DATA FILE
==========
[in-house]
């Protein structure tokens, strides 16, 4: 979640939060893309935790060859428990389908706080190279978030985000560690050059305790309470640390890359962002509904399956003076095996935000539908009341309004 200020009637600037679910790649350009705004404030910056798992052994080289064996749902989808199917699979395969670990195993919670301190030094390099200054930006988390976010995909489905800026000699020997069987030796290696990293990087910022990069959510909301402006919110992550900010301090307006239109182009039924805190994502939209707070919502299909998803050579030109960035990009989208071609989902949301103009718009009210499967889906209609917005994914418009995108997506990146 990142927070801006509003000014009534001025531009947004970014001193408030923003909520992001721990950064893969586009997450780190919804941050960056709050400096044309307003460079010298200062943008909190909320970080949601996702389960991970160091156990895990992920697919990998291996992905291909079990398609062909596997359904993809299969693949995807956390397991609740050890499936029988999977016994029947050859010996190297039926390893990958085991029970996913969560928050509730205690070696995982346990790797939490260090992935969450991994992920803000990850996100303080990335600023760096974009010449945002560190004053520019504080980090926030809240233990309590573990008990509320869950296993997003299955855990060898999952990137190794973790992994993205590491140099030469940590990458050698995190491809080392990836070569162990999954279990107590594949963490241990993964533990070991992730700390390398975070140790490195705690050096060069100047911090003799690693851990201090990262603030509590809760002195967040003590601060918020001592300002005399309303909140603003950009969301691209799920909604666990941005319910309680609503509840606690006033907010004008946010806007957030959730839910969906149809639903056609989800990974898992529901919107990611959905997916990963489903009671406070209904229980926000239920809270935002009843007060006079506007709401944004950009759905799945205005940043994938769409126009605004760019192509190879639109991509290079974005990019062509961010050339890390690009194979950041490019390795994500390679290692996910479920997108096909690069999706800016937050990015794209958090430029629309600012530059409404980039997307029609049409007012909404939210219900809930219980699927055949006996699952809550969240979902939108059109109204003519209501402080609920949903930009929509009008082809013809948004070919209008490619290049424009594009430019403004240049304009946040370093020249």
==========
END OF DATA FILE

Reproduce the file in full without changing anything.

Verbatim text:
[in-house]
């Protein structure tokens, strides 16, 4: 979640939060893309935790060859428990389908706080190279978030985000560690050059305790309470640390890359962002509904399956003076095996935000539908009341309004 200020009637600037679910790649350009705004404030910056798992052994080289064996749902989808199917699979395969670990195993919670301190030094390099200054930006988390976010995909489905800026000699020997069987030796290696990293990087910022990069959510909301402006919110992550900010301090307006239109182009039924805190994502939209707070919502299909998803050579030109960035990009989208071609989902949301103009718009009210499967889906209609917005994914418009995108997506990146 990142927070801006509003000014009534001025531009947004970014001193408030923003909520992001721990950064893969586009997450780190919804941050960056709050400096044309307003460079010298200062943008909190909320970080949601996702389960991970160091156990895990992920697919990998291996992905291909079990398609062909596997359904993809299969693949995807956390397991609740050890499936029988999977016994029947050859010996190297039926390893990958085991029970996913969560928050509730205690070696995982346990790797939490260090992935969450991994992920803000990850996100303080990335600023760096974009010449945002560190004053520019504080980090926030809240233990309590573990008990509320869950296993997003299955855990060898999952990137190794973790992994993205590491140099030469940590990458050698995190491809080392990836070569162990999954279990107590594949963490241990993964533990070991992730700390390398975070140790490195705690050096060069100047911090003799690693851990201090990262603030509590809760002195967040003590601060918020001592300002005399309303909140603003950009969301691209799920909604666990941005319910309680609503509840606690006033907010004008946010806007957030959730839910969906149809639903056609989800990974898992529901919107990611959905997916990963489903009671406070209904229980926000239920809270935002009843007060006079506007709401944004950009759905799945205005940043994938769409126009605004760019192509190879639109991509290079974005990019062509961010050339890390690009194979950041490019390795994500390679290692996910479920997108096909690069999706800016937050990015794209958090430029629309600012530059409404980039997307029609049409007012909404939210219900809930219980699927055949006996699952809550969240979902939108059109109204003519209501402080609920949903930009929509009008082809013809948004070919209008490619290049424009594009430019403004240049304009946040370093020249």